Environment: hanging game about the combustion engine off - EU vote postponed

The EU decision on the planned end for cars with combustion engines from 2035 is becoming a stalemate.

Environment: hanging game about the combustion engine off - EU vote postponed

The EU decision on the planned end for cars with combustion engines from 2035 is becoming a stalemate. Against the background of additional demands from Germany, a final vote was postponed indefinitely, as a spokesman for the responsible Swedish EU Council Presidency announced in Brussels.

Shortly before, Federal Transport Minister Volker Wissing (FDP) said in Berlin that Germany cannot agree to the planned blanket phasing out of combustion engines from 2035 at the present time.

Wissing reiterated the demand that the EU Commission must submit a proposal on how "climate-neutral" synthetic fuels can be used in combustion engines after 2035. The Brussels authority must fulfill a corresponding commitment.

Italy, Poland and Bulgaria also do not want to agree to the plans

Without Germany's approval, the vote originally planned for Tuesday could have failed. Passing the law requires the approval of 15 out of 27 member states, which together must make up at least 65 percent of the total population of the EU. In addition to Germany, countries such as Italy, Poland and Bulgaria recently did not want to agree to the plans. The 65 percent hurdle would then not be reached without Germany.

A spokeswoman for the EU Commission said on Friday that they would now take another close look at what was being asked of them. According to diplomats, the authority has so far taken the position that it cannot propose any exemptions for normal cars with combustion engines under the currently planned legal text. This could therefore only exist for special vehicles such as fire engines.

Actually, negotiators from the European Parliament and the EU states had already agreed in October that from 2035 only new cars may be sold in the EU that do not emit any greenhouse gases during operation. The pending vote of the EU states is the very last step in the legislative process and is actually a formality.

"Conflict" with the EU Commission

However, Wissing had already announced opposition to the project at the beginning of the week. He justified this by saying that the EU Commission has not yet submitted a proposal on how only vehicles fueled with climate-neutral fuels such as e-fuels can be approved after 2035. This was part of the agreement in the Council of EU States in June 2022, with which the FDP could be persuaded to agree within the federal government.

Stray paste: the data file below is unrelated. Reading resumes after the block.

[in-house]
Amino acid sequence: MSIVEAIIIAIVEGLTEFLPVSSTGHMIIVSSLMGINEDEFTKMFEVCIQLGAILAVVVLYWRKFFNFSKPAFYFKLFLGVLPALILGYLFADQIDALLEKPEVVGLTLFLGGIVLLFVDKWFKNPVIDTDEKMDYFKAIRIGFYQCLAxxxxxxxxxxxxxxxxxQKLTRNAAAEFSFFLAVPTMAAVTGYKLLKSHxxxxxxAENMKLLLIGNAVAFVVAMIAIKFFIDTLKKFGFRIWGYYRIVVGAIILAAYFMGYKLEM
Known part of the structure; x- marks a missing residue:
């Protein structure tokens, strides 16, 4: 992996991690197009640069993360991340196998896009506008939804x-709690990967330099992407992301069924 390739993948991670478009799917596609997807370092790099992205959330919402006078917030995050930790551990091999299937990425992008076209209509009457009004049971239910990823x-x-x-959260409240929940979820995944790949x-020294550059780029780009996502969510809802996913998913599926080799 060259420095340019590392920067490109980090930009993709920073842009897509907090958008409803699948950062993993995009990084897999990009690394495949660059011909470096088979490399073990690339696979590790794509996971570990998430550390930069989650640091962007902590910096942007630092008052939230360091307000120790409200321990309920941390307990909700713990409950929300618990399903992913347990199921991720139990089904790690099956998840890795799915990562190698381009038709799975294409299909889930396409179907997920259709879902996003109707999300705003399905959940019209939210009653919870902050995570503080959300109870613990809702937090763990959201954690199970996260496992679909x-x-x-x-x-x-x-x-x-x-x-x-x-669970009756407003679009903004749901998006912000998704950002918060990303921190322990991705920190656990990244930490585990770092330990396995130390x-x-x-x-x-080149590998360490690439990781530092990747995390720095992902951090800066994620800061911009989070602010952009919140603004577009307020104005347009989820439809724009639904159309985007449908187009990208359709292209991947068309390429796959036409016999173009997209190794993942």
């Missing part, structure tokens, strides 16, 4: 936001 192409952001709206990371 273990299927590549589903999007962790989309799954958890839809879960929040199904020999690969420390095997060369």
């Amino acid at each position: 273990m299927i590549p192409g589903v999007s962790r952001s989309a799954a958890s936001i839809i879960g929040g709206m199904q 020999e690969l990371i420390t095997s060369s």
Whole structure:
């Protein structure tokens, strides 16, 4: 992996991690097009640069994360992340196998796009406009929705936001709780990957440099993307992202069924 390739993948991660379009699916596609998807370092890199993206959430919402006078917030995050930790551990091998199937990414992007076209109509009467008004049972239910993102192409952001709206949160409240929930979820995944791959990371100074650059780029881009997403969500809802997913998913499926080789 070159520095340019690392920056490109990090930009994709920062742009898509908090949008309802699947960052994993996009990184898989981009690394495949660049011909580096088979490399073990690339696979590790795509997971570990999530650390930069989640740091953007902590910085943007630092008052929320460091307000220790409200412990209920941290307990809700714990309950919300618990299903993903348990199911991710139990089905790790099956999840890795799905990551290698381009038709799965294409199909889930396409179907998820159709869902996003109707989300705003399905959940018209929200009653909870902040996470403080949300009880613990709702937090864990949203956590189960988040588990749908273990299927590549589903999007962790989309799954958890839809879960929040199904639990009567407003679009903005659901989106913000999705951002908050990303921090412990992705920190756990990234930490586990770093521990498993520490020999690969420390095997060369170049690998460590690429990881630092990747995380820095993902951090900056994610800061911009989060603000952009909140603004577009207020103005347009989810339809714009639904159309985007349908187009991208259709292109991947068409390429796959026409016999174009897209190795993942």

Wissing reported on a conversation with the responsible Commission Vice-President Frans Timmermans. "The result of the conversation was that Mr. Timmermans saw no prospect of fulfilling the EU Commission's promise within the short time available." Wissing added: "Of course, it has not escaped our attention that the EU Commission has stated that there is only limited interest in making a corresponding proposal." In the Bundestag, Wissing spoke of a "conflict" with the EU Commission.

On Sunday, EU Commission President Ursula von der Leyen is expected to attend a federal cabinet retreat at Schloss Meseberg, the federal government's guest house in Brandenburg. There could also be talks about the combustion engine off. The official topic of von der Leyen's visit is the economic perspectives of Germany and Europe.

With regard to Wissing, the Federal Environment Ministry headed by Steffi Lemke (Greens) had said that the EU member states had already voted with an overwhelming majority in June that only cars and light commercial vehicles that emit no CO2 would be registered from 2035: "Germany is also a European responsibility here." The car companies need planning security: "Many car companies want to achieve the conversion to e-mobility much earlier than 2035."

German MEPs were even more critical. "Today's postponement of the vote on the end of combustion engines is a disgrace for Germany, in front of the EU and globally. We create chaos, make ourselves completely unbelievable and are becoming a brake on climate protection," commented Green politician Michael Bloss. The traffic policy spokesman for the CDU/CSU group said: "The federal government is presenting itself in Brussels as a troop of chaos." He supports Wissing's course, but one may have doubts as to whether he can make his position within the federal government capable of winning a majority.

The FDP has long been calling for the use of e-fuels and openness to technology and emphasizes that you shouldn’t just rely on electric cars. "We need synthetic fuels for the existing fleet," said Wissing.

E-fuels are artificially produced fuels. Technically, hydrogen is usually produced from water using electricity. Combined with carbon dioxide, the fuel - depending on the type of chemical compound - can have the properties of diesel, petrol or kerosene. However, e-fuels are controversial because of the high losses in efficiency and the costs involved in manufacturing them.

Audi boss Markus Duesmann warned against turning away from the planned end of combustion engines for cars. He told the "Spiegel" that synthetic fuels would not play a major role in the car segment in the medium term. "Audi has made a clear decision: We will phase out the combustion engine in 2033 because the battery-electric vehicle is the most efficient method for individual mobility." E-fuels are significantly less efficient to produce and therefore significantly more expensive. Greenpeace traffic expert Benjamin Stephan spoke of an "attempted blackmail" by Wissing. As a result, key advances in European climate protection are in danger.